In Maersk, the first ballast water treatment systems were already installed back in 2010. Since 2012, all of the larger new-buildings have been equipped with BW treatment systems. Presently, Maersk has installed approx. 30 systems on six different ship types, including drill ships. MMT is doing the groundwork in evaluating the technical possibilities and facilitate the decisions the Maersk business units such as Maersk Line and Maersk Tankers will have to take. Palle Wredstrøm, head of Engines and Propulsion in MMT has taken the technical lead in ballast water management initiatives. The system we have used is IMO type approved, however, as with all other BW equipment, not yet US Coast Guard approved, which means that we may end in a situation where these ships, or at least some of them, will be banned from trading to the US unless the ballast water treatment systems are replaced.
Wredstrøm says: “We are using a UV-based system, which we will continue to install on newbuilds, but we are concerned about the pending stringent U.S. Coast Guard approval. Our strategy for the installation on newbuilds is to install ballast water treatment systems where we have a commitment from the supplier that they expect to obtain U.S. Coast Guard approval. Considering the installation cost of USD 2M per ship, we would like to be able to expect that such a system fulfils all requirements.”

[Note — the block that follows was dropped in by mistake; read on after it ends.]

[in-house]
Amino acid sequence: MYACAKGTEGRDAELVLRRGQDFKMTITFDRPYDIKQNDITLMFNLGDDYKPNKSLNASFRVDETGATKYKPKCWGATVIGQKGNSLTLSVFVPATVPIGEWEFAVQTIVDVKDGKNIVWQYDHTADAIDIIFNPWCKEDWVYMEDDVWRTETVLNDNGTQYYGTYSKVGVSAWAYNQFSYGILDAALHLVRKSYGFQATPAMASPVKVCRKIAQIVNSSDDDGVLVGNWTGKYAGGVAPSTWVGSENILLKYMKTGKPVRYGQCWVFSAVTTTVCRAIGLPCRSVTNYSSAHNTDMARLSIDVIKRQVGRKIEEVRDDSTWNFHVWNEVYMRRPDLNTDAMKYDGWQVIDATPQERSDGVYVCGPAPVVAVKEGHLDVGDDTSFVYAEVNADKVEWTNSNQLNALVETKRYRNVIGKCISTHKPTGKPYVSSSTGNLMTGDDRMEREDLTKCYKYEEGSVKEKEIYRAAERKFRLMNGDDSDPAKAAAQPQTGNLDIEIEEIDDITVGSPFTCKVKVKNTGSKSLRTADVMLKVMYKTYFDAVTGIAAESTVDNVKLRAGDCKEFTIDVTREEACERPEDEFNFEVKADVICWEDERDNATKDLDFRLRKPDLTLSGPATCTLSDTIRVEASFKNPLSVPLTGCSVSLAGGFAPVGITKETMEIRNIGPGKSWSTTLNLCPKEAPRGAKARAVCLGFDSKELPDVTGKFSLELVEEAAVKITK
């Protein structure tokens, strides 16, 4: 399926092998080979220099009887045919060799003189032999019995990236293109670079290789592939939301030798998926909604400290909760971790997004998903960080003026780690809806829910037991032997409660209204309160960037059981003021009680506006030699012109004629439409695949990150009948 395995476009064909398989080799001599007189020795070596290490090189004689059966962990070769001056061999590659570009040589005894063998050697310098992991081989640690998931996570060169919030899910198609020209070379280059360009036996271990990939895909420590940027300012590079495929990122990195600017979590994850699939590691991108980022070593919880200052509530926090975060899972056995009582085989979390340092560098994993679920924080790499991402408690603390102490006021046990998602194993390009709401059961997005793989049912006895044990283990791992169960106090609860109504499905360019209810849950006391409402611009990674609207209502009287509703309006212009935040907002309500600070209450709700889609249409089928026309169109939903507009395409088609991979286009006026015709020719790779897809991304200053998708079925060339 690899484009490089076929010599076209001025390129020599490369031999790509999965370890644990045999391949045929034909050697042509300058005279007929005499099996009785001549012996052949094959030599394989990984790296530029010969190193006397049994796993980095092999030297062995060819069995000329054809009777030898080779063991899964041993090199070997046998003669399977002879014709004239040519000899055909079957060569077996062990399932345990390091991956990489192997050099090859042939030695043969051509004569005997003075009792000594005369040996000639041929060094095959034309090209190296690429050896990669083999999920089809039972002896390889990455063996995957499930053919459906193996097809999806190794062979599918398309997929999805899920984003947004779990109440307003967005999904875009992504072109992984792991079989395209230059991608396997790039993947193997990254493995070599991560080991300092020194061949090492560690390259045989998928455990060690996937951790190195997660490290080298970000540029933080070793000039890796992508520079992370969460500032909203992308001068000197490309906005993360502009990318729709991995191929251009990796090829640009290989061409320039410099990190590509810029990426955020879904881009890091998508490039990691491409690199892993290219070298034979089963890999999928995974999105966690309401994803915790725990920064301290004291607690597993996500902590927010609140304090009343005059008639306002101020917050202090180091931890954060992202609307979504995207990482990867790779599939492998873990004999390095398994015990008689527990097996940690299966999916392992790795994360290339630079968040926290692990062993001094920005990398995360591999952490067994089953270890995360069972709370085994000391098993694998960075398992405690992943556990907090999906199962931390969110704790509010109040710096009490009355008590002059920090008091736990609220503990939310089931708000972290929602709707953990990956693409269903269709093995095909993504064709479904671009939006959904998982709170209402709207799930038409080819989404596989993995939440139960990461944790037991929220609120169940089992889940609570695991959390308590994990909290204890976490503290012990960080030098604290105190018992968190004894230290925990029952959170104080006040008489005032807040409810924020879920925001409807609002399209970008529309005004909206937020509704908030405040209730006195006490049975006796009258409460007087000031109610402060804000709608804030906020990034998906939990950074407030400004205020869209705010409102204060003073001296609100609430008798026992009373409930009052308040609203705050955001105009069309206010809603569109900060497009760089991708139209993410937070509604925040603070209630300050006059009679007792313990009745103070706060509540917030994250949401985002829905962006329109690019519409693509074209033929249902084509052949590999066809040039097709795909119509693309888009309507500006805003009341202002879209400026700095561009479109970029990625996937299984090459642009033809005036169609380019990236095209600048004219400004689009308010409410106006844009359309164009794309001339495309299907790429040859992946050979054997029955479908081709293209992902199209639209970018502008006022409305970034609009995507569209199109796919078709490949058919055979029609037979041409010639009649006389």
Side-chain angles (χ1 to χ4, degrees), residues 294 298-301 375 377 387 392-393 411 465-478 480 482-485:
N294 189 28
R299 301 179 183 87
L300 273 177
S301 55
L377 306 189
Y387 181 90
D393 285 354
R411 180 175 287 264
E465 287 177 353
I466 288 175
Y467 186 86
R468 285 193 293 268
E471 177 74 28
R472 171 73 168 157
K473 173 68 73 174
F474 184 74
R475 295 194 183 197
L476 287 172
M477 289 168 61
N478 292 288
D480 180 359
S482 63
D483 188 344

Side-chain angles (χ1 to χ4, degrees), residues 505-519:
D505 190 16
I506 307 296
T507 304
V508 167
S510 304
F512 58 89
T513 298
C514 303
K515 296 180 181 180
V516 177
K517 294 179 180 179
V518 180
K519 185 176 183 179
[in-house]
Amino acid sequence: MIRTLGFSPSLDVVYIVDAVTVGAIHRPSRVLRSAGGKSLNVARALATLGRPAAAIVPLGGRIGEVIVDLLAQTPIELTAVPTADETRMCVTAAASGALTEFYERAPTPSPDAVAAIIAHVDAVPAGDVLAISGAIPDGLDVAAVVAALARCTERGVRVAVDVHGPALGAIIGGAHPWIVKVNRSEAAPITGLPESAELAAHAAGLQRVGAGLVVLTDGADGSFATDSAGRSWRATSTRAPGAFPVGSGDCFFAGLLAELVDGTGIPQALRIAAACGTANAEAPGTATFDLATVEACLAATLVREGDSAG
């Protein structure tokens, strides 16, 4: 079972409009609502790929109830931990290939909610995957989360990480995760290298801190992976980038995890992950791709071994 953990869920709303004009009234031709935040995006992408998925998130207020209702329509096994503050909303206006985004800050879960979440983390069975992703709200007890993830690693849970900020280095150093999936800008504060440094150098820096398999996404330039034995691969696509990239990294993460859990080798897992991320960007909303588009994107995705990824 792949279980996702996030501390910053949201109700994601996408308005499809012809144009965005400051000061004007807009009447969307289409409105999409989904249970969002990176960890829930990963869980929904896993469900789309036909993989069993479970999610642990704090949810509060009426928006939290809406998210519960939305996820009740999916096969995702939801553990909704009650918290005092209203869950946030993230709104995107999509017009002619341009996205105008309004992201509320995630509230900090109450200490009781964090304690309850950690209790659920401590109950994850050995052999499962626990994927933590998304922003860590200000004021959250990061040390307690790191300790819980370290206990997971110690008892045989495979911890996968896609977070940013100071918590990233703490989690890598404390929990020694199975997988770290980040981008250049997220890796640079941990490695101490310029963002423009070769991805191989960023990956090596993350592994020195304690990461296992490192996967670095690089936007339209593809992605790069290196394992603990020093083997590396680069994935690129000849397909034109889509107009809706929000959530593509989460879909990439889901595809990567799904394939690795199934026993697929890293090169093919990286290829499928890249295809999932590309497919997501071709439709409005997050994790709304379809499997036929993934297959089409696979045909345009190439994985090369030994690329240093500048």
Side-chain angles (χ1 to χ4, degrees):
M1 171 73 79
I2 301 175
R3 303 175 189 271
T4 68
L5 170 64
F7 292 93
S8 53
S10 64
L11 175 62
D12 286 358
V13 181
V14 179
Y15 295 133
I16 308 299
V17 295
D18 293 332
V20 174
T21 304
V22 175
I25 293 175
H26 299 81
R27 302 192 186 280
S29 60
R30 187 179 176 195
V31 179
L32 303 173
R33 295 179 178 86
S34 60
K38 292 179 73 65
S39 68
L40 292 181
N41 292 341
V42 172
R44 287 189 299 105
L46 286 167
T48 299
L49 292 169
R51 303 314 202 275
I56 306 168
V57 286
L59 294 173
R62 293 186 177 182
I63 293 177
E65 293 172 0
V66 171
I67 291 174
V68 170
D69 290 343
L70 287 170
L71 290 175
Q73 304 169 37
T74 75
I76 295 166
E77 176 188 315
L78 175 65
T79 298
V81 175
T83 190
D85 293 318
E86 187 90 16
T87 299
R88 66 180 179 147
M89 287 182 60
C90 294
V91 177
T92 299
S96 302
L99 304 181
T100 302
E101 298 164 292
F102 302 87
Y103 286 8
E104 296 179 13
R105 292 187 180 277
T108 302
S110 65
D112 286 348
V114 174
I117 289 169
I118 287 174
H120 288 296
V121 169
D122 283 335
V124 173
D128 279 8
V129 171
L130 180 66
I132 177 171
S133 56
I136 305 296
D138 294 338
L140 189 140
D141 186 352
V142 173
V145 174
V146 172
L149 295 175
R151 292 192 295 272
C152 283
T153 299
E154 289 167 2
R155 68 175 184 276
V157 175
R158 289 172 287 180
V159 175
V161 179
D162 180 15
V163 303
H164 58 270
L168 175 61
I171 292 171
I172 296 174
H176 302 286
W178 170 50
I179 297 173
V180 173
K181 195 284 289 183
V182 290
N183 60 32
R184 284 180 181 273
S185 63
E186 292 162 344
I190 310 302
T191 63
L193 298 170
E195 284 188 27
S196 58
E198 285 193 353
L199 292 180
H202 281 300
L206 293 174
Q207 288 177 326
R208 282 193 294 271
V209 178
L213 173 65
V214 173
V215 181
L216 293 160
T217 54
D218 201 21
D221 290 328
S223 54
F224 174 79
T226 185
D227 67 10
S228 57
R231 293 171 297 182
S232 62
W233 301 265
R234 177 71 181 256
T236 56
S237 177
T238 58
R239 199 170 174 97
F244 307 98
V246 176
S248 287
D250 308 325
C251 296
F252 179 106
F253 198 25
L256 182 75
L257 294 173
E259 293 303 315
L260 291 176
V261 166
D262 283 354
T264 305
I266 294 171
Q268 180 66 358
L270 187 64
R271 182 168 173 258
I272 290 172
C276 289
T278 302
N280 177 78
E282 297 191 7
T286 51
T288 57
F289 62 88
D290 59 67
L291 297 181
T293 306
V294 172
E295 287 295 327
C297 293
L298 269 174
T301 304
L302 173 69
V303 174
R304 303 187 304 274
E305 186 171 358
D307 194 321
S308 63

Retrofits: even more challenging than newbuilds
When it comes to retrofits on older, existing ships, the process is even more challenging. “We’ve seen on a new build how it can be a challenge to integrate a BWTS into the ship’s control system. It will be an even bigger challenge on a retrofit.”, Wredstrøm adds. With 60,000 vessels having to comply within the next 5 years, it was decided to wait for the renewal survey and dry dockings before installing BWTS. The focus is currently geared towards larger suppliers because of better global service possibilities. With ships drydocking at different yards, we need to be sure to have functional service in place and based on the experience with newbuilds, the demand for service will be even higher.